After the devastating tornado that hit Faulkner County on April 27, Vilonia, Ark., residents are tiptoeing into the rebuilding process.
While the rebuilding of a nearly $13 million school for the Vilonia School District is moving forward, a group of citizens is hoping business owners will wait and consider all options before construction starts on the city’s Main Street, Arkansas Business reported.
Stanley Gordon Jr., owner of Gordon Financial Services of Vilonia, said he and another Vilonia resident, Marty Knight, have formed a grassroots committee to discuss the future of the city. He said about 65 people have volunteered to be on one of the three subcommittees that involve property owners, planning and looking for grants or public money for beautification projects on Main Street, which was wiped out by the April tornado that also killed 15 Arkansans.
Sue Shock, owner of Sue Shock Insurance of Vilonia, said her renovated 1,100-square-foot home that she used for her business was destroyed by the tornado.
“There’s certainly not a place in Vilonia to put a business, because it’s pretty much wiped out,” said Shock, who is the sister of Stanley Gordon.
She said she considered renovating another one of her buildings or rebuilding. But when she heard about the citizens group to develop plans for Vilonia, she decided to delay her decision.
“So many of us are putting things on hold right now,” said Shock.
She said business owners are talking with architects and other committee members “to do things in a fashion where we won’t look back later and say, `Man, we had a clean slate, and why didn’t we do it this way or that way?”’
In the meantime, she is operating her business, which sells various lines of insurance, out of her residence.
Vilonia Mayor James Firestone said 22 businesses were destroyed by the tornado, while 15 received major damage and about 20 with minor damage have continued to operate.
Firestone said the city of Vilonia, which has about 4,000 residents, has waived all fees for building permits for those businesses that are rebuilding. “We’re doing our best to expedite everything for them,” he said.
Construction on the 95,000-square-foot Vilonia Intermediate School started in 2013, and the school was scheduled to open for students this month.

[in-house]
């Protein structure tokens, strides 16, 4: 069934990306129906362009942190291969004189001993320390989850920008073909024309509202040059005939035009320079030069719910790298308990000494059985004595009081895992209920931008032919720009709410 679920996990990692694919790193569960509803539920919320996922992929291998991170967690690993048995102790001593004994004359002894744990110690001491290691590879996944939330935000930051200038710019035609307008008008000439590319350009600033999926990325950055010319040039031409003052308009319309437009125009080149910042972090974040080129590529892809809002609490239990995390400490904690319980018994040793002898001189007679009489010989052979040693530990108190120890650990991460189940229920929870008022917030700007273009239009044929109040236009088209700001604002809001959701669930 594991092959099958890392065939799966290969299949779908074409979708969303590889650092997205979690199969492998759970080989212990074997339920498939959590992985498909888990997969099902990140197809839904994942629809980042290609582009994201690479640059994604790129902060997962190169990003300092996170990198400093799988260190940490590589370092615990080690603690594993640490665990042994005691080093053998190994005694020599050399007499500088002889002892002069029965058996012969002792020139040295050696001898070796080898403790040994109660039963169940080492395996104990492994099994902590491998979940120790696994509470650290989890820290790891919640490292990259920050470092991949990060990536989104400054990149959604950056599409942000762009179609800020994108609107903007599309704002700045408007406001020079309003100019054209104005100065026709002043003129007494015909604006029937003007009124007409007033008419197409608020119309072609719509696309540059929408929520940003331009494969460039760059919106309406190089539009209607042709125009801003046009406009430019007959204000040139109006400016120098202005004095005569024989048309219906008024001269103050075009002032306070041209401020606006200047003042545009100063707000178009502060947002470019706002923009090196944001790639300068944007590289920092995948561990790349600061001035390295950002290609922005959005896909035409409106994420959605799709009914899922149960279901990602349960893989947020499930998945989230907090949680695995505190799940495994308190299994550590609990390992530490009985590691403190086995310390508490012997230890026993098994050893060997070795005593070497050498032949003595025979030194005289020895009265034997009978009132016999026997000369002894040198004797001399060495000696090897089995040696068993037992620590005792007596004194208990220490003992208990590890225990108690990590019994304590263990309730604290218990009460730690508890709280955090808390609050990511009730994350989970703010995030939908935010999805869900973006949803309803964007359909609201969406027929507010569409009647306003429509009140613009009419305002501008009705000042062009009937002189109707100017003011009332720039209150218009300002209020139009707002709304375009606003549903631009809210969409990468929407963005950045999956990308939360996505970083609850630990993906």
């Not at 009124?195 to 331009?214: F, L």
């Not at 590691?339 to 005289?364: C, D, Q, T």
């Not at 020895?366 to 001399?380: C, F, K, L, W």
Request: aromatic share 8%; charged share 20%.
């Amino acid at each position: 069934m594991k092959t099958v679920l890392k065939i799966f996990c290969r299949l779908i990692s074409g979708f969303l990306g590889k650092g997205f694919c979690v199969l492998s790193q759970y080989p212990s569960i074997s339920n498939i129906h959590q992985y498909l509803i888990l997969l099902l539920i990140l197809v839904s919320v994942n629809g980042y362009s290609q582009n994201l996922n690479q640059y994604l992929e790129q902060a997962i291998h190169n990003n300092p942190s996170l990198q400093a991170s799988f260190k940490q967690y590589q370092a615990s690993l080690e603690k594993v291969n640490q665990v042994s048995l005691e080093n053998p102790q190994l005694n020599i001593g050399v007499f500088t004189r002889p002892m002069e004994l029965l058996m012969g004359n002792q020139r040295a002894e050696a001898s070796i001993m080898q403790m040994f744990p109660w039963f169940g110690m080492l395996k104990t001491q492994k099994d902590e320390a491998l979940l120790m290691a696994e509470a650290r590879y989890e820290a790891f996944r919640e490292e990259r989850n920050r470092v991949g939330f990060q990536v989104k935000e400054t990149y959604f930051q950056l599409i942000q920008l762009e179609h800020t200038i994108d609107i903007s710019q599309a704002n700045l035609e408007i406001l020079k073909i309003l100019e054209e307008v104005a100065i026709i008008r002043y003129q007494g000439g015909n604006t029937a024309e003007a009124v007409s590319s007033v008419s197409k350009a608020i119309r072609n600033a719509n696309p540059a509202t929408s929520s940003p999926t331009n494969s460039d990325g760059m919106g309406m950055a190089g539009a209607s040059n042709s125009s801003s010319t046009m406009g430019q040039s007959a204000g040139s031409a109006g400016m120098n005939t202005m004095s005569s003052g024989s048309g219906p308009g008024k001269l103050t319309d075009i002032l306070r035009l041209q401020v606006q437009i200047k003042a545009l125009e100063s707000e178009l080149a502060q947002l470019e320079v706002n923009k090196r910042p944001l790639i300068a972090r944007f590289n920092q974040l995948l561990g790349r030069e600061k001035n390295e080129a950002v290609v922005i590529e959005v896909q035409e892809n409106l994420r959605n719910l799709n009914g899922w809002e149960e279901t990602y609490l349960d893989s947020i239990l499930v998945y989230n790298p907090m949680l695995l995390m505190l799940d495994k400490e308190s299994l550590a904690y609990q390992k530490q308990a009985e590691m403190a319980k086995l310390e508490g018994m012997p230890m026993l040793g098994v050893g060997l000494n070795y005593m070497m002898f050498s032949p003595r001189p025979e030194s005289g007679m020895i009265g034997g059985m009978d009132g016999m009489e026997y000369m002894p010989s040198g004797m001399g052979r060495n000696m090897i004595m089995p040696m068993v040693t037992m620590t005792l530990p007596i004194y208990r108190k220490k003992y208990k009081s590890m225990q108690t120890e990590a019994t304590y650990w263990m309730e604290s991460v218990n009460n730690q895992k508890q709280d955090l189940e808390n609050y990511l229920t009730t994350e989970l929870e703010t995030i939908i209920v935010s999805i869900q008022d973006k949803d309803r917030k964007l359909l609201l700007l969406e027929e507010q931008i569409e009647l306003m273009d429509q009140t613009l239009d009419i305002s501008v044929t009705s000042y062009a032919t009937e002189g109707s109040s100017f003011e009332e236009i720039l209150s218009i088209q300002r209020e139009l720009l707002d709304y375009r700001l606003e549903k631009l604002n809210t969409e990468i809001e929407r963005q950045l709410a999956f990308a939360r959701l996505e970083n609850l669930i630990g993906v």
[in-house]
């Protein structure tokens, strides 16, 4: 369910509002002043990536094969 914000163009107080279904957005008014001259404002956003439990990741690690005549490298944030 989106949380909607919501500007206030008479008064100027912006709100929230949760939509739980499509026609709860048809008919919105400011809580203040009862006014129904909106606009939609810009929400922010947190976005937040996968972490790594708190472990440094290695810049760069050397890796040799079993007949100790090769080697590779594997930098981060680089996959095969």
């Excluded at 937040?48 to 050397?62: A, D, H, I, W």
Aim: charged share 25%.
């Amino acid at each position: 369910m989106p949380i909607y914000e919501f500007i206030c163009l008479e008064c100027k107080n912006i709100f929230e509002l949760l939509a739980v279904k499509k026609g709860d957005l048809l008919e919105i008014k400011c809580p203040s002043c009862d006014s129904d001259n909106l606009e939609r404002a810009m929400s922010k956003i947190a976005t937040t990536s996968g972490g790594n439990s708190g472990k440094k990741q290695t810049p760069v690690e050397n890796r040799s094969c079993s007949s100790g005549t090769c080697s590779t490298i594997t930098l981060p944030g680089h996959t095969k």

“Everything was coming to a good end, and then the storm hit,” said Lance Wright, project manager for Nabholz Construction Services of Conway. The building was about 90 percent completed when the April tornado ripped the structure apart.
Wright said after the shock of the tornado wore off, the focus turned to cleaning up the nails, lumber and sheet metal that were scattered across the construction site. The concrete slabs for the building, though, weren’t damaged and could be used for the rebuilding, Wright said.
Since the building wasn’t finished, the structure was covered under Nabholz’s insurance policy, which will pay to rebuild the school.
Eunice Muhammad, project engineer for Nabholz, said the school will feature 64,000-square-foot of classroom and administration offices and the rest of the space will be for two gymnasiums, a cafeteria with a kitchen and a band room.
Getting the material to rebuild the school hasn’t been a problem, Wright said. “For the most part, we’re going in with the same equipment and building material that we used the first go-round,” he said.
The second time building the school will be faster, Wright said.
The construction workers won’t have to wait seven days for the cement to dry before working on sections of the school, as they did the first time, he said. “We are fortunate this time that all the slabs are in place,” he said.
The original plans didn’t call for the school to have a storm shelter, but that is being considered, Wright said.
Muhammad said the school is ahead of schedule from where it was last year and the project should be completed a month earlier than the first time it was built.
The school is now expected to see its first students in the fall of 2015.
Gordon, of the grassroots committee, said the other Vilonia resident, Knight, came to his office around the first of July and inquired about the status of rebuilding the city.
Gordon, 52, who has lived in Vilonia for more than 40 years, said he didn’t know what the plans were.
They both were concerned that others might be waiting for someone else to make a move, Gordon said. They were afraid that “we may let some opportunities slip by” if they didn’t act, Gordon said.
So they decided to form the committee. “It’s not about us,” Gordon said. “We’re just facilitators.”
He said the success of the project will rest with the property owners, who will have to financially support any plan the committee recommends.
The first order of business for the committee, Gordon said, is deciding what the property owners want.
Gordon said he hopes that when the rebuilding is done, people will be impressed and say, “Have you seen the new Vilonia?”
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